President Donald Trump said during a televised briefing in Sacramento on Monday that "explosive trees" may have helped fuel the record-breaking wildfires.
Trees don't spontaneously burst into flames, so it's unclear exactly what Trump meant.
But Trump has long argued that wildfires could be eliminated if forests were cleaned of dead trees, leaves, and debris.
Scientists have said that changes in climate can lead to drier and warmer conditions that put regions at higher risks of wildfires.
President Donald Trump made the false claim that "explosive" trees helped fuel California's record-breaking wildfires.
While speaking during a televised briefing in Sacramento on Monday, he said dry trees can "just explode," as part of a longtime argument that wildfires would be eliminated if forests were cleared of dead trees and debris.
"You can knock this down to nothing," Trump said. "You go to Europe ... They're very, very strong on management, and they don't have a problem. With — as they say — more explosive trees than we have in California."
He doubled down on the statement when calling into "Fox & Friends" on Tuesday morning, saying: "In Europe they have forest cities ... they don't have fires like this, and they have more explosive trees. They have trees that will catch easier, but they maintain their fire … They thin the fuel. The fuel is what's on the ground, the leaves."
More than 85 major fires are currently burning up and down the West Coast from California to Washington. Fires have burned more than a million acres in California this year and forced thousands of people out of their homes.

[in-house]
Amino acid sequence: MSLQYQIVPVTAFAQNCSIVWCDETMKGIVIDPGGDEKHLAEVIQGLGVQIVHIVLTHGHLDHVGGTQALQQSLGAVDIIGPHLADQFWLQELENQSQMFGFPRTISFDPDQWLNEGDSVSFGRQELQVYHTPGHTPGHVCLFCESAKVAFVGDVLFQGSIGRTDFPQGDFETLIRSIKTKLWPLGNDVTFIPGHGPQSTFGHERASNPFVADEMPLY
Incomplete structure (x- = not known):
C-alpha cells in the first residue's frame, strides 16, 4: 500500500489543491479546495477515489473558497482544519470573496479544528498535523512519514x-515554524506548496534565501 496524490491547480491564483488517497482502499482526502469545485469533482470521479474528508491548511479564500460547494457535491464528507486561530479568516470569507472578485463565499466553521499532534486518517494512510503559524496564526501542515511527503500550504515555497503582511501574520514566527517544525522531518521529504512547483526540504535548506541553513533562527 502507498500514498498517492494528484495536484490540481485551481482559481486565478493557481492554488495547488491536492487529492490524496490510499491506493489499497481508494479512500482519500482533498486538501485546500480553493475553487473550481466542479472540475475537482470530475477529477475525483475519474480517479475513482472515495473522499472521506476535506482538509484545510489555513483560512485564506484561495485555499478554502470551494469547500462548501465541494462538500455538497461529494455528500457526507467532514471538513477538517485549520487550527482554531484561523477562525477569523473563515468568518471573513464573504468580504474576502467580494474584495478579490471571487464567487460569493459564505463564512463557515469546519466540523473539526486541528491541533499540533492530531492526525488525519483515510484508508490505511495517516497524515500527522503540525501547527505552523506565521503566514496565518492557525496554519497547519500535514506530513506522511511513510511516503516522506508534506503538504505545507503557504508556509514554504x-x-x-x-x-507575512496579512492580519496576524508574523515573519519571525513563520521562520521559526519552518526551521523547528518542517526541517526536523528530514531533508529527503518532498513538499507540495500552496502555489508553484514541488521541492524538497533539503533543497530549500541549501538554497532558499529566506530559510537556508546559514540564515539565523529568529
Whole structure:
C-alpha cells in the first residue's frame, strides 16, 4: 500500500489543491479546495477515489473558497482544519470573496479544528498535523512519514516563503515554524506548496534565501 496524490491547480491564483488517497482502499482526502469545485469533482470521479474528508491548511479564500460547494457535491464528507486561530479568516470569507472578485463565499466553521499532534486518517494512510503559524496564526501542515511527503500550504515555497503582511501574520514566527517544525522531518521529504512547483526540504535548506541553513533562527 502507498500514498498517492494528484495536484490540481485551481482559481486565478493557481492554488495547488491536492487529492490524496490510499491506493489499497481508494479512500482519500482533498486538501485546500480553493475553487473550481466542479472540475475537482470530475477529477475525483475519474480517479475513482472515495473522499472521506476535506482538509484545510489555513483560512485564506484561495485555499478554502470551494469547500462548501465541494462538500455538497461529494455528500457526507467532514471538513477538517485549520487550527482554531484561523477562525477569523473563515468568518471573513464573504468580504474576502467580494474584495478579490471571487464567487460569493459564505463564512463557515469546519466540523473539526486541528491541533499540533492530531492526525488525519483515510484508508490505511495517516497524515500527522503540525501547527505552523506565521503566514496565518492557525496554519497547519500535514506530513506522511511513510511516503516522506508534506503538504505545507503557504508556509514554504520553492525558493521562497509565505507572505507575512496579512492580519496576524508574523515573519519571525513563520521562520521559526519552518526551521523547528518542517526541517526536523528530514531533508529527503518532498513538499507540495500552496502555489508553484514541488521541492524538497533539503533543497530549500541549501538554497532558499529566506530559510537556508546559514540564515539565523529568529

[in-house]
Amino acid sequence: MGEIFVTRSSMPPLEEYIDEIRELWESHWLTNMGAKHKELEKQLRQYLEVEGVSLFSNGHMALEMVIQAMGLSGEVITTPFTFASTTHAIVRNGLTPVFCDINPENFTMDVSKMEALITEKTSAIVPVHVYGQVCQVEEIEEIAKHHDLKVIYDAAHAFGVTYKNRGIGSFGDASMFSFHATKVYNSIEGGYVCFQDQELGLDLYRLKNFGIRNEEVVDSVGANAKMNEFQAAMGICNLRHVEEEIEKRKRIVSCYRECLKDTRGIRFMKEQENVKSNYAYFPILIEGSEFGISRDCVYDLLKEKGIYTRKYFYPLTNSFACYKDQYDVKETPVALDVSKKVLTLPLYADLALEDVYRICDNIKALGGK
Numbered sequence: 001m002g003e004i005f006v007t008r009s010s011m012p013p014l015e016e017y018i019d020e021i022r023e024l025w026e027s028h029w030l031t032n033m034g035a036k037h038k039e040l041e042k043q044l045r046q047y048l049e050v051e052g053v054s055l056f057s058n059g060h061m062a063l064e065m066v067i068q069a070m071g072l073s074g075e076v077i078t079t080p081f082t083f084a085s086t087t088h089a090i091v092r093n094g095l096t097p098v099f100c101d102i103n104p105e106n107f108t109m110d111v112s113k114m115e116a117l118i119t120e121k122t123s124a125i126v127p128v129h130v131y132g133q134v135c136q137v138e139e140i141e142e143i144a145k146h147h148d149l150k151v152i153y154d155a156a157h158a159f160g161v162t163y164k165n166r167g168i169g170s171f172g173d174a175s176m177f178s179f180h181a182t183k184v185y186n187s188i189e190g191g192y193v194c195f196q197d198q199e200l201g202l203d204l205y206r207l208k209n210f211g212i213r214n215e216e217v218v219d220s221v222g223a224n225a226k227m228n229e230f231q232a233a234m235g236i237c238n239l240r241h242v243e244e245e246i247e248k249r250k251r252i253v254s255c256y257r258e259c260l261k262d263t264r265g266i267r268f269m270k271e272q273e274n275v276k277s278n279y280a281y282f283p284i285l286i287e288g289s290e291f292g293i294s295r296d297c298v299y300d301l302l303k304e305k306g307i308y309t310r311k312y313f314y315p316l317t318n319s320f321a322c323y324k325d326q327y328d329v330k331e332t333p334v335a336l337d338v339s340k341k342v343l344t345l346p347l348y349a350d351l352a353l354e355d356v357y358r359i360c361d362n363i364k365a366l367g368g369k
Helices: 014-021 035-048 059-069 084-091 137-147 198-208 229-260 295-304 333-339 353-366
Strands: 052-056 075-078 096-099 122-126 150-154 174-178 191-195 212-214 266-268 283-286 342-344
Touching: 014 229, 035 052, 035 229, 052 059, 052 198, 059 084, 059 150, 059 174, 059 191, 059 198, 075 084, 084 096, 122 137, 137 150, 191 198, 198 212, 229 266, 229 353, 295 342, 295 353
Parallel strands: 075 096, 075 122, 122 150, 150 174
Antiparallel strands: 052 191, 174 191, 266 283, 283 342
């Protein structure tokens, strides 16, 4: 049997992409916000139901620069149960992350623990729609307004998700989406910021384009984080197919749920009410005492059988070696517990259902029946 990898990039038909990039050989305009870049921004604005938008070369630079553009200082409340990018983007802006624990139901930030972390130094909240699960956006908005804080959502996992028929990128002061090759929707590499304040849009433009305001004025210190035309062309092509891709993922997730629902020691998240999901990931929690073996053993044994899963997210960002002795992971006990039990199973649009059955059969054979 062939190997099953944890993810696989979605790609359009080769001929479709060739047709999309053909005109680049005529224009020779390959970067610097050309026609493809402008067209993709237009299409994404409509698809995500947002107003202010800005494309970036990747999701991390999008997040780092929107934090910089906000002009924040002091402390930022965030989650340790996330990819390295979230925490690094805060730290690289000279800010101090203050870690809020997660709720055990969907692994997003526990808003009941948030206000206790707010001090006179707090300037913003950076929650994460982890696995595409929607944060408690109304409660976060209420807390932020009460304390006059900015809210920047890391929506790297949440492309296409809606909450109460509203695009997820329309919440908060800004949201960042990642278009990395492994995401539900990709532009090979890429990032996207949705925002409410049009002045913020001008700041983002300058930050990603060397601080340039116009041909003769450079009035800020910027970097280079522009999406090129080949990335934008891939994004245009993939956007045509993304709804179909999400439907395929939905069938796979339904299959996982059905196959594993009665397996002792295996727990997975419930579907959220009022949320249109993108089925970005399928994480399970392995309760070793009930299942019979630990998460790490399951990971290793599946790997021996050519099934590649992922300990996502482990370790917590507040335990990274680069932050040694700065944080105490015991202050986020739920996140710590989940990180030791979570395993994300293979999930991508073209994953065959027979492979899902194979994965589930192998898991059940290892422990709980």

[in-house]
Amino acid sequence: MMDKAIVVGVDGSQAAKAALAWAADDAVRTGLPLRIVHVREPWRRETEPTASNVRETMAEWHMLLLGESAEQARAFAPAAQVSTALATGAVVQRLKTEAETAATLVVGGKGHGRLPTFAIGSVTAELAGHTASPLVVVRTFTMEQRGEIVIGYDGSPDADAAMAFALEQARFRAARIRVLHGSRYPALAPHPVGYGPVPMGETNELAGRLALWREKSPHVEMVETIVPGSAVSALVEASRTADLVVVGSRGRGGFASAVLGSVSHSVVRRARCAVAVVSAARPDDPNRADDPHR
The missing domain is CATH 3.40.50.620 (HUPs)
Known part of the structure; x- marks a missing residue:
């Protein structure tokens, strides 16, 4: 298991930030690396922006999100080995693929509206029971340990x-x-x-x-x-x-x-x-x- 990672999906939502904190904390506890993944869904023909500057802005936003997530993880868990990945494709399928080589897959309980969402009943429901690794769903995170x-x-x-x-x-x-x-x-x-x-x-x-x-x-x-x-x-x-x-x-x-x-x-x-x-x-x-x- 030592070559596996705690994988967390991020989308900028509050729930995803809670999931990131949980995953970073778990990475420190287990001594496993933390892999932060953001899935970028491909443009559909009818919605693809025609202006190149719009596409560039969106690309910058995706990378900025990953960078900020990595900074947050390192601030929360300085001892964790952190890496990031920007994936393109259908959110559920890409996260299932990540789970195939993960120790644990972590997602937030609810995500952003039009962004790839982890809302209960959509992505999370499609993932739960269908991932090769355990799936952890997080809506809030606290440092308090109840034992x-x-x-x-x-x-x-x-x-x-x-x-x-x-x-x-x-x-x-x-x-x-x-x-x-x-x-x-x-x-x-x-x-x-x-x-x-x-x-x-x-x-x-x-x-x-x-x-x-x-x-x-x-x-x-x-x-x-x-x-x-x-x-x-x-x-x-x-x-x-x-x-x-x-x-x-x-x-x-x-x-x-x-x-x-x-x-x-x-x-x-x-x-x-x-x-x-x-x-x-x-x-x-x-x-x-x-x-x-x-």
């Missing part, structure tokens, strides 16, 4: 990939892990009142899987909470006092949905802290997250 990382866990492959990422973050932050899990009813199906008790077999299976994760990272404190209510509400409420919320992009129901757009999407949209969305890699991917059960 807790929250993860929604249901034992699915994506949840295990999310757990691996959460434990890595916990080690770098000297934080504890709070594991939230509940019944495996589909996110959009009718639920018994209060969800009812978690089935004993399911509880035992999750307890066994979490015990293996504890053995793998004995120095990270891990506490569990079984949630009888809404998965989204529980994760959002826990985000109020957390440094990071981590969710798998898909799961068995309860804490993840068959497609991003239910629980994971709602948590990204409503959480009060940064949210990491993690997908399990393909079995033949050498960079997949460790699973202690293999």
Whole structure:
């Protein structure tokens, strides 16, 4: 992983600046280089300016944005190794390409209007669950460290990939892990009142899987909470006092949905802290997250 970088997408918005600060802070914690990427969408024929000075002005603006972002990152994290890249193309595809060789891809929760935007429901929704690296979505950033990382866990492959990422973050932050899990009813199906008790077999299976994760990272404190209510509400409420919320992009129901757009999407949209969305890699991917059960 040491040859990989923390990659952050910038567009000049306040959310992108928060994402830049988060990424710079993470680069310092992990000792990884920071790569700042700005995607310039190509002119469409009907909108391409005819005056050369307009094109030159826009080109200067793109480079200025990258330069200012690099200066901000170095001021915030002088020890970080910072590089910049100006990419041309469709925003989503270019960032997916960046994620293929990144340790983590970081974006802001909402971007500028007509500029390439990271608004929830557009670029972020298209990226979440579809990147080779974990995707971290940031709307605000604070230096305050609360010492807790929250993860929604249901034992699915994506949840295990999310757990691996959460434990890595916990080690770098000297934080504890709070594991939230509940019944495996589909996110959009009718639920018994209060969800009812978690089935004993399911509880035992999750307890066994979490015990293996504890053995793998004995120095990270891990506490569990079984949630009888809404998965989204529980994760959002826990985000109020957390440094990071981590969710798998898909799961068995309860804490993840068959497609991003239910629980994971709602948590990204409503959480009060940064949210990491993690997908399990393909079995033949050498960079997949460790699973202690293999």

It's unclear what Trump meant when he said trees "explode," because trees don't spontaneously combust into flames. Officials say the current fires were caused by a range of things, from lightning strikes to an explosive gender-reveal party gone wrong.
The scientific community has said changes of climate can lead to drier and warmer conditions that put regions like California at higher risks of wildfires.
"If we ignore that science and sort of put our head in the sand and think it's all about vegetation management, we're not going to succeed together protecting Californians," California's secretary for natural resources, Wade Crawfoot, told Trump during the briefing.
In August, Trump blamed California for the wildfires sweeping the state, saying he would withhold federal funds if officials didn't "clean" the forests.
After Trump suggested raking up forests last year, Chris Field, director of the Stanford Wood Institute for the Environment, told the Associated Press that cleaning debris should not be the main solution.
"Yes. I agree with the president that fuel reduction and fire breaks are important," he said at the time. "But they are just the beginning. We also need to upgrade homes and businesses to make them more fire resistant, improve defensible spaces around buildings, and limit ignitions, including from downed power lines."
Read the original article on Business Insider